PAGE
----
From 1 October 2018, Australian Financial Service (AFS) licensees providing a Managed Discretionary Account (MDA) service on a regulated platform will no longer be able to rely on ASIC’s no-action letter.
On 29 September 2016, ASIC replaced its Class Order [CO 04/194] with a new legislative instrument, ASIC Corporations (Managed Discretionary Account Services) Instrument 2016/968 (Instrument). At the same time, ASIC revised Regulatory Guide 179 which set out the changes to the relief that previously applied to MDAs via ASIC’s 2004 no-action letter.
MDA providers were required to comply with the Instrument by 1 October 2017. However, AFS licensees who relied on ASIC’s 2004 no-action letter prior to 1 October 2016 could continue to rely on the letter’s terms until 1 October 2018.
ASIC’s no-action letter
In accordance with ASIC’s 2004 no-action letter, if an MDA provider held a limited power of attorney that:
- was valid only within a regulated platform; and
- was limited to authorising the MDA provider to transfer funds between investments offered through the regulated platform, but did not permit the MDA provider to contribute or withdraw funds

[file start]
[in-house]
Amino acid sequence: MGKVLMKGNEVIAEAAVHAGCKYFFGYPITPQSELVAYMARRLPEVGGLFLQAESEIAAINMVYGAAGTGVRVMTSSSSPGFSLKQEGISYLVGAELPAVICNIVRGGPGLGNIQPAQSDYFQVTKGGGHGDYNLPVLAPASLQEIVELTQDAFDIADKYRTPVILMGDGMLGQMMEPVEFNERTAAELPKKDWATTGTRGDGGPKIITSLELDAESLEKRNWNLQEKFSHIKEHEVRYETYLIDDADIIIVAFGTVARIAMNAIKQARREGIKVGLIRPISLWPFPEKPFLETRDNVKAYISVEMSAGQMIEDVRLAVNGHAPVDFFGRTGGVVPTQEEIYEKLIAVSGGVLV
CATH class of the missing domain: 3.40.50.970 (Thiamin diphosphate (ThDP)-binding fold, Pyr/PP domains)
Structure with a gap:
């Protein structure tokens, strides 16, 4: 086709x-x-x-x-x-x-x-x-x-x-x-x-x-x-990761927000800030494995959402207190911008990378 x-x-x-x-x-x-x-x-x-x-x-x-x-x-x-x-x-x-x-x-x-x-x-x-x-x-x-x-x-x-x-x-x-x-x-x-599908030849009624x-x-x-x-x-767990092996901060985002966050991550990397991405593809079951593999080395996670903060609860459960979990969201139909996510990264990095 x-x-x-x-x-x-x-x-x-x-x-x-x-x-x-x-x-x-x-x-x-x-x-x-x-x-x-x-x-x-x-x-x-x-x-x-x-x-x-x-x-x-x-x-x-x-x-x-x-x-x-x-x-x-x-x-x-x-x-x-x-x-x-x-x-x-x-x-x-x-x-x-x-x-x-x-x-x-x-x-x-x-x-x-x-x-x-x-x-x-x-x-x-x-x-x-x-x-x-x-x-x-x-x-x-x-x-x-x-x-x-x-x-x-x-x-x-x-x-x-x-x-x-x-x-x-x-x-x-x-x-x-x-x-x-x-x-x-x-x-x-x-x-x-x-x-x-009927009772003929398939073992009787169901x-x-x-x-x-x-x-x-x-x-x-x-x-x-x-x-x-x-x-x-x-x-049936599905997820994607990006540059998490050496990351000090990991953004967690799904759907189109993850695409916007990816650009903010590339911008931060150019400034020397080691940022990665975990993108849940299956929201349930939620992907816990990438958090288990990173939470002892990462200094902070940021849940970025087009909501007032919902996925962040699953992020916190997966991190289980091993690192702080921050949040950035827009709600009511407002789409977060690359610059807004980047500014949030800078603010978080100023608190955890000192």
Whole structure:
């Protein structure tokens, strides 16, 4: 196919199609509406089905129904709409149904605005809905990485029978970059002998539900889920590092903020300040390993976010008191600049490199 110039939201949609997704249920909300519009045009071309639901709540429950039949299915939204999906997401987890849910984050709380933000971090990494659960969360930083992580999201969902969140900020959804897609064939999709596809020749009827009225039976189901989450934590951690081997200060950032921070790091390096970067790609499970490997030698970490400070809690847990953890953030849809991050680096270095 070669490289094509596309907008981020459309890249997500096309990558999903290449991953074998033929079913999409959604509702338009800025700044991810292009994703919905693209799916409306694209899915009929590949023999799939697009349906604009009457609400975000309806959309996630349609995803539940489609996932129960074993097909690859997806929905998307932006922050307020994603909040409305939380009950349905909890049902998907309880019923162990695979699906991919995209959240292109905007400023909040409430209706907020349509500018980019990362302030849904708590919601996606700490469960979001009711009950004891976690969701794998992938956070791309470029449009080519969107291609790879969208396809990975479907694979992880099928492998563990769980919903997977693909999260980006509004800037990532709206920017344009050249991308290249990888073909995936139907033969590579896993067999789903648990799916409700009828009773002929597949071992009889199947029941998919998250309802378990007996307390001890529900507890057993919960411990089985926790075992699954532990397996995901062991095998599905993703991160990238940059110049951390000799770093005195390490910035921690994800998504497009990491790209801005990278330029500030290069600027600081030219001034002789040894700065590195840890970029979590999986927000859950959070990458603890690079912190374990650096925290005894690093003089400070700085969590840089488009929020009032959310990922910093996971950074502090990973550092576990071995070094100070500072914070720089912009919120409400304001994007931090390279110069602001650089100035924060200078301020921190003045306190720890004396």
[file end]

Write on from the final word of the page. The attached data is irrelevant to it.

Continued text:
the MDA provider was not required to hold an AFSL authorisation to deal by issuing interests in an MDA.
The situation from 1 October 2018
AFS licensees providing an MDA service from 1 October 2018 must ensure it holds the appropriate authorisations in respect of:
- interests in managed investment schemes limited to MDA services or miscellaneous financial investment products limited to MDA services; and
- other authorisations for dealing in the financial products covered by the regulated platform to which the MDA relates.
Responsible Managers will need to meet the RG 105 requirements relevant to the MDA authorisations.
There are a number of other requirements which will apply, including additional disclosure in the AFS licensee’s Financial Services Guide and the MDA contract.